hend. We are told that its Now, my good brother, as I have constitution has a bad tendency, been more than half a century an inasmuch as it is calculated to ambassador of Christ and a minister magnify the agreement, and sink of the Church of England, I trust the differences of the various denoI may, without presumption, be minations engaged in it. To this permitted to give my opinion on a we may surely say, so much the subject so interesting and so im- better. Differences ought never to portant. Before we, as clergymen, have existed, no, not even appeared desert the Bible Society, I think, to exist. And how the withholdwe should consider well the conse- ing differences can either create or quences of secession. As we are increase them we are not told. not called upon, as advocates of And “ agreement” in any thing that society, to any “compromise which respects the making known of principle,” it resolves itself into the word of God cannot easily be a mere matter of feeling or expe- magnified above its worth. It is diency. Respecting the former, I the very life and breath of divine

truth that it be made known or placed within the reach of every one. It is complained that its operations obtrude on the Clergy, make them disrespected, and promote, by giving influence to, dissent; and that it usurps the office of the Church, as a witness and keeper of Holy Writ. It is true, if a Clergyman leave the Bible Society to do the office of circulating the word of God, which he neglects in his own sphere, there is no remedy; in a comparison of the diligent with the remiss, his character must and ought to suffer till he amend his ways; and it cannot be said that Dissenters reap an advantage in the circulation of the Scriptures which the Churchman has not, without admitting that the Scriptures favour dissent; and thus conceding the very thing complained of.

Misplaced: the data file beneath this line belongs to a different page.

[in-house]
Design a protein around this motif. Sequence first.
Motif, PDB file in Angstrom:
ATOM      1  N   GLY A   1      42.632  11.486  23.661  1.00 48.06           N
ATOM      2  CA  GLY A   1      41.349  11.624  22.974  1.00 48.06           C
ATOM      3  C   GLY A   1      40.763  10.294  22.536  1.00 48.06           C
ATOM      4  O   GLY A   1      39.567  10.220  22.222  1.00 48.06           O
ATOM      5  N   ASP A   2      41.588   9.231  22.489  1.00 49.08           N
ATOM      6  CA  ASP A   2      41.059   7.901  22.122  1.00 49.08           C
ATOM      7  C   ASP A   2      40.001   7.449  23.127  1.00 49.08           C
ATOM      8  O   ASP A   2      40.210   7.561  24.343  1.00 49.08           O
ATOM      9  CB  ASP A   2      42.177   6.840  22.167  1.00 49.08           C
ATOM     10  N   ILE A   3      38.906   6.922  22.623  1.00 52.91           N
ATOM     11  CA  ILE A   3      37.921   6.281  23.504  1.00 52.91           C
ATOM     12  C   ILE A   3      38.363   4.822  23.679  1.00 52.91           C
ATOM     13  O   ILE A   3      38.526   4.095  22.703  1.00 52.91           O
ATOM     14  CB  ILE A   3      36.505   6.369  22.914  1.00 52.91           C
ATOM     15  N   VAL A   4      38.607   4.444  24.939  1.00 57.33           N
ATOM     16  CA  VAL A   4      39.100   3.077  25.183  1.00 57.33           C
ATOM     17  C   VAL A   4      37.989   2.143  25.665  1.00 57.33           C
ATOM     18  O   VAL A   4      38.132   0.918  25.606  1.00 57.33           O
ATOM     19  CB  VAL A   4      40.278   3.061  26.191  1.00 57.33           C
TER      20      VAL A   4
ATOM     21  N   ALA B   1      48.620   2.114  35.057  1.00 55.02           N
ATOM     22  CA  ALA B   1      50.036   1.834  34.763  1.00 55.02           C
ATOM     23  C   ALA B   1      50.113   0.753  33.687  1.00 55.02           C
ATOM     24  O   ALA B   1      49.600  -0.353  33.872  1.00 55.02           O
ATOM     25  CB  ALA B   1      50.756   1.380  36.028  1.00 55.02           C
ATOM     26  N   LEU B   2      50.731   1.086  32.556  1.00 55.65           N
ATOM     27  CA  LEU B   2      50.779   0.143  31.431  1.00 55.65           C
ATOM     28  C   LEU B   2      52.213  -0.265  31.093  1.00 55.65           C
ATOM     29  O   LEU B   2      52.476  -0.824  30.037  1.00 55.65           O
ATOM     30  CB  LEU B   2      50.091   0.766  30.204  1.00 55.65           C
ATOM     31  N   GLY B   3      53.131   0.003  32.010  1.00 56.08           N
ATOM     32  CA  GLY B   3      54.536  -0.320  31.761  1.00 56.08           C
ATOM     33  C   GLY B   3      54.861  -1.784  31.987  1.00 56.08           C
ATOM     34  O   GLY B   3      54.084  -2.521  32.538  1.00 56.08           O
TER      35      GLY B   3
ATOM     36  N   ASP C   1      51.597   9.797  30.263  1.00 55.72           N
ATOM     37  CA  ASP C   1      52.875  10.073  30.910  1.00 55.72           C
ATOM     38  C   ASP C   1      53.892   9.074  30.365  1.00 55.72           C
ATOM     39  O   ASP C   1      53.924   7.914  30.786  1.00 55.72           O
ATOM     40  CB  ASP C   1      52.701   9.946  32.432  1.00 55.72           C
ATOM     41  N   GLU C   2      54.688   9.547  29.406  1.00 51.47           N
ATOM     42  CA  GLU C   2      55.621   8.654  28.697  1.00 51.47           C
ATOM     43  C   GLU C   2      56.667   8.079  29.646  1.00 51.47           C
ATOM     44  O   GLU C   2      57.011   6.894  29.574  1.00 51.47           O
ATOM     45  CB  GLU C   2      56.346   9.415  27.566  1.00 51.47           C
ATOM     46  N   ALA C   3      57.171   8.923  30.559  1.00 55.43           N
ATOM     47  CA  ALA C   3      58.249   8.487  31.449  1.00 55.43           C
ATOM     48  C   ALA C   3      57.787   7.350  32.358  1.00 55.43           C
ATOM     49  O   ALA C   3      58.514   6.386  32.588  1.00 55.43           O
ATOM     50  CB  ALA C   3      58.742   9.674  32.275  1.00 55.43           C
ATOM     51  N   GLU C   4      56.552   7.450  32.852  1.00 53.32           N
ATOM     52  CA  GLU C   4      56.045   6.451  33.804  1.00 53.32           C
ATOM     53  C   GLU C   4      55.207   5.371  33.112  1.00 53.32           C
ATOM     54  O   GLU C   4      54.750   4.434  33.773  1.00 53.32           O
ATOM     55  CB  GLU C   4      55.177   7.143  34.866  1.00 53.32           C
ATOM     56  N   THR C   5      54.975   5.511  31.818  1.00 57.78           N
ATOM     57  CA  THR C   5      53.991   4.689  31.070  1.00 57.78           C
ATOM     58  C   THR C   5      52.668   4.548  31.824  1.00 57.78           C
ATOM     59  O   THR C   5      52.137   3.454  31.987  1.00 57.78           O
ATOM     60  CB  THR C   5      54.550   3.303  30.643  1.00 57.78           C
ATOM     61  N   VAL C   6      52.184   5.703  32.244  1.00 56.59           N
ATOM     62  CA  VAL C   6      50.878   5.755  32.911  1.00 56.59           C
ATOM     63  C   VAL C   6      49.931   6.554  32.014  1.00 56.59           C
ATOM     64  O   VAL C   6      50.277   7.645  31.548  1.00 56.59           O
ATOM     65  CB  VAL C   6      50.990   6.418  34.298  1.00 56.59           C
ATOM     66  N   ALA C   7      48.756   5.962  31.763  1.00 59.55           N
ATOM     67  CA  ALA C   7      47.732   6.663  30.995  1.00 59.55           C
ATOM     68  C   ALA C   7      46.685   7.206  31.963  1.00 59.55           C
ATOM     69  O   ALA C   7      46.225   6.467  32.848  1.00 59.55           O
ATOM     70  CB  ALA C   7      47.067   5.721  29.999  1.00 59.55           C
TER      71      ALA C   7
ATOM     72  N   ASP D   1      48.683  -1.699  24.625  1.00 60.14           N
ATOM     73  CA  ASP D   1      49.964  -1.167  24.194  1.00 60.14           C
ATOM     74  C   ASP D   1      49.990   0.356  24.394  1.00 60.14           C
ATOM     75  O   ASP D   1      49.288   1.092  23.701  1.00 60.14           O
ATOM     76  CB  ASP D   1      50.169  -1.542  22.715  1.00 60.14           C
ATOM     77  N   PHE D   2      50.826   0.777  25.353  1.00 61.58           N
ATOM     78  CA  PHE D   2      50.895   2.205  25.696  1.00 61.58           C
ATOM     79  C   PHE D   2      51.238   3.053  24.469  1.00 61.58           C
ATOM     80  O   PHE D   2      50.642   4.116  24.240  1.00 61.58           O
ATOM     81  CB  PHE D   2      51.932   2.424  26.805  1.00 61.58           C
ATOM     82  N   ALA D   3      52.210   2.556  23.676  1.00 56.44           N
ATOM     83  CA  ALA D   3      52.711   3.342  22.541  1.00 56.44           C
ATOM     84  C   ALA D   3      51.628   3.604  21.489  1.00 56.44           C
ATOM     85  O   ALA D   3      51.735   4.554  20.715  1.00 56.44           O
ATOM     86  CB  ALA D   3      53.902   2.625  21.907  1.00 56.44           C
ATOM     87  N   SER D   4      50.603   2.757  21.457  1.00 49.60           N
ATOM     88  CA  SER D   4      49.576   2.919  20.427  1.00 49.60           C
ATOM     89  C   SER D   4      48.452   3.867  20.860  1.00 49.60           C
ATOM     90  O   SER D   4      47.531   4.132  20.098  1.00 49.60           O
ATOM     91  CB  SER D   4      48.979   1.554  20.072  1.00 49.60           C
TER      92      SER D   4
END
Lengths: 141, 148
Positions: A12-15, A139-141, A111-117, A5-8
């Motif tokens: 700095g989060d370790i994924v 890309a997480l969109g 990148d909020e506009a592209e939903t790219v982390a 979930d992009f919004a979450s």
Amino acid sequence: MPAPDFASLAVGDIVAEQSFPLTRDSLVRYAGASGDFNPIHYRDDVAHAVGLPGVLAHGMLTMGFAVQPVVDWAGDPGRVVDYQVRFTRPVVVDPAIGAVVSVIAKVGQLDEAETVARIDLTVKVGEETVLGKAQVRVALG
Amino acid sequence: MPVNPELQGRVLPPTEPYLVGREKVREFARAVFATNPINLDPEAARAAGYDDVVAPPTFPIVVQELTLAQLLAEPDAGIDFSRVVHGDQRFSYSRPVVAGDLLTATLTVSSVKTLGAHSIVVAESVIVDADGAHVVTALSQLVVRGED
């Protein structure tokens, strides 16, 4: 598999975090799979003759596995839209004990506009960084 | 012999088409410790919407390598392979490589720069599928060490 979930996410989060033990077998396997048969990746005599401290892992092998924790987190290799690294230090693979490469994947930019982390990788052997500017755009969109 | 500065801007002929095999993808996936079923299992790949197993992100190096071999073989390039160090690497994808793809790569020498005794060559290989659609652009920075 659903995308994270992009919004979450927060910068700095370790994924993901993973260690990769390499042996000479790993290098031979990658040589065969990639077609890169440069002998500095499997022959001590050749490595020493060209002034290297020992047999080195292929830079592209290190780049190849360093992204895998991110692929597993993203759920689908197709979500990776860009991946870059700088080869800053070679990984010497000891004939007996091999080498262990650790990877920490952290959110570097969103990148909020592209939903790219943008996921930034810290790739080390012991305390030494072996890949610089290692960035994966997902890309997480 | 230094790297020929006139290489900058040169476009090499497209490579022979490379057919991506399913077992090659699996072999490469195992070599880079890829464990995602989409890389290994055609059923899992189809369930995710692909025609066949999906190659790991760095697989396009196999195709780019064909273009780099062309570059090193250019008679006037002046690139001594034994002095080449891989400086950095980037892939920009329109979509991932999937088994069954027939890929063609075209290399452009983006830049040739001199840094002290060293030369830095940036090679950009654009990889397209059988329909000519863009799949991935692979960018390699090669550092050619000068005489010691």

With respect to the Church, as the witness and keeper of Holy Writ, I see no usurpation in this case; nor any incapacity in this society for bearing “witness to the truth.” Every Society bears wit. ness to that, and to that alone, which it promotes ; but the Bible Society, of all societies under heaven, bears testimony to and promotes truth-divine truth-and that alone; unmixed with human errors. And in England, at least, we Churchmen cannot complain, because that copy of the Bible, and that alone, is circulated by this society, which was framed by the Church, and legalized at her request. So that I do not perceive how the Bible Society can be complained of by Churchmen, as being divisional, either in its constitution or it operations.

But supposing the fears of some of our tender-hearted brethren respecting the tendency of such mix ed society were real, would their sectional tendency be cured by

our deserting them? Rather might we not say that if we decline to circulate the Bible upon the open ground of Scripture, that souls might be saved thereby, we desert the principle of God's word and become sectarian in our own example? The only remedy which I conceive is within our compass is, that Churchmen reassume their general character.

The pre-eminence which the Church of England possesses rests in the constitution of her order, and the character of her clergy. She is in theory built upon the Scriptures—the Scriptures fairly and honestly taken. Her doctrines and her spirit are derived from the vital, soul-saving truths of God's word. They stand on them alone. These are open and evident without reserve or equivocation. She needs not deception. She courts not flattery. She is above sectarianism. She has no quirks nor shifts. She is built on the “Rock of Ages," and there she abides. “The gates of hell shall not prevail against it.” But as she has truth for her constitution, so she must have holiness for her character. Her clergy must restore her primitive perfection. Now or never is the time to show themselves men. Holiness is the great object and result of Scripture. The Church, therefore, can never sustain her genuine standing or bear up against the opposing divisions which still combine against her, or advance in her heavenly career, but by constantly planting and cultivating holiness. A heavenly mind is the essence of the Bible, and the Church character. Wherever this is lost or enfeebled or endangered, the life's blood of her vitality is proportionably gone. The clergy, then, must resume their own standing. They have descended many degrees from their original and duly appointed station.